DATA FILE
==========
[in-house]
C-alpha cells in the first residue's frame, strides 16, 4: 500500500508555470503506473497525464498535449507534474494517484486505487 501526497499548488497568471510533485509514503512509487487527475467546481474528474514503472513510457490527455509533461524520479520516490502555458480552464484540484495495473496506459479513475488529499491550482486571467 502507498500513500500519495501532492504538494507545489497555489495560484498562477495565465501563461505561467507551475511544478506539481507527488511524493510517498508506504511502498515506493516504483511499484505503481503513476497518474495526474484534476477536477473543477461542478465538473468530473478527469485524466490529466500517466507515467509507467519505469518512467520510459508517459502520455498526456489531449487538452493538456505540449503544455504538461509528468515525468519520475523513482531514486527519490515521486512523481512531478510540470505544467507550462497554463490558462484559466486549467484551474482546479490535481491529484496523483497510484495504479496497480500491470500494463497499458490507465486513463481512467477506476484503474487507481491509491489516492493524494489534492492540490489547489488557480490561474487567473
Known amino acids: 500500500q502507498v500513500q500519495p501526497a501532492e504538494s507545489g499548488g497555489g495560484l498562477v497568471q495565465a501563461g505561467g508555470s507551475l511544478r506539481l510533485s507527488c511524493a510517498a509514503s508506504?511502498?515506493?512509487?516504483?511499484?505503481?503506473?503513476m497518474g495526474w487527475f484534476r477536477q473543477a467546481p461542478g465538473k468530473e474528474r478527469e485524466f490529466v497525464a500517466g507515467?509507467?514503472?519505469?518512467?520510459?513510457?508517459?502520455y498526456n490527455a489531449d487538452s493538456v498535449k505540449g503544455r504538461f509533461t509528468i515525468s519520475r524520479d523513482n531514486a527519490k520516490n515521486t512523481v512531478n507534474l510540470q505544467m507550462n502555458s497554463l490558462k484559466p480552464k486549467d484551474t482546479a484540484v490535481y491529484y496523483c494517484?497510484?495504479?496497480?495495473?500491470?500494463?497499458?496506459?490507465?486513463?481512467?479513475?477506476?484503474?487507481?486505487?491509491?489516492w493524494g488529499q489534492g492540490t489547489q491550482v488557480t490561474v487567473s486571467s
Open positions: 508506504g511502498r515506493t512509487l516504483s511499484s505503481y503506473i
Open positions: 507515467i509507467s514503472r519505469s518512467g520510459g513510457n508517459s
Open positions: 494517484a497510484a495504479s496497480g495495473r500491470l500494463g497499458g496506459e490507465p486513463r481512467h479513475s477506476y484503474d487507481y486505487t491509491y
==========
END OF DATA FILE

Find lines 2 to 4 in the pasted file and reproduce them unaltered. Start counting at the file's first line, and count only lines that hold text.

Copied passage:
C-alpha cells in the first residue's frame, strides 16, 4: 500500500508555470503506473497525464498535449507534474494517484486505487 501526497499548488497568471510533485509514503512509487487527475467546481474528474514503472513510457490527455509533461524520479520516490502555458480552464484540484495495473496506459479513475488529499491550482486571467 502507498500513500500519495501532492504538494507545489497555489495560484498562477495565465501563461505561467507551475511544478506539481507527488511524493510517498508506504511502498515506493516504483511499484505503481503513476497518474495526474484534476477536477473543477461542478465538473468530473478527469485524466490529466500517466507515467509507467519505469518512467520510459508517459502520455498526456489531449487538452493538456505540449503544455504538461509528468515525468519520475523513482531514486527519490515521486512523481512531478510540470505544467507550462497554463490558462484559466486549467484551474482546479490535481491529484496523483497510484495504479496497480500491470500494463497499458490507465486513463481512467477506476484503474487507481491509491489516492493524494489534492492540490489547489488557480490561474487567473
Known amino acids: 500500500q502507498v500513500q500519495p501526497a501532492e504538494s507545489g499548488g497555489g495560484l498562477v497568471q495565465a501563461g505561467g508555470s507551475l511544478r506539481l510533485s507527488c511524493a510517498a509514503s508506504?511502498?515506493?512509487?516504483?511499484?505503481?503506473?503513476m497518474g495526474w487527475f484534476r477536477q473543477a467546481p461542478g465538473k468530473e474528474r478527469e485524466f490529466v497525464a500517466g507515467?509507467?514503472?519505469?518512467?520510459?513510457?508517459?502520455y498526456n490527455a489531449d487538452s493538456v498535449k505540449g503544455r504538461f509533461t509528468i515525468s519520475r524520479d523513482n531514486a527519490k520516490n515521486t512523481v512531478n507534474l510540470q505544467m507550462n502555458s497554463l490558462k484559466p480552464k486549467d484551474t482546479a484540484v490535481y491529484y496523483c494517484?497510484?495504479?496497480?495495473?500491470?500494463?497499458?496506459?490507465?486513463?481512467?479513475?477506476?484503474?487507481?486505487?491509491?489516492w493524494g488529499q489534492g492540490t489547489q491550482v488557480t490561474v487567473s486571467s
Open positions: 508506504g511502498r515506493t512509487l516504483s511499484s505503481y503506473i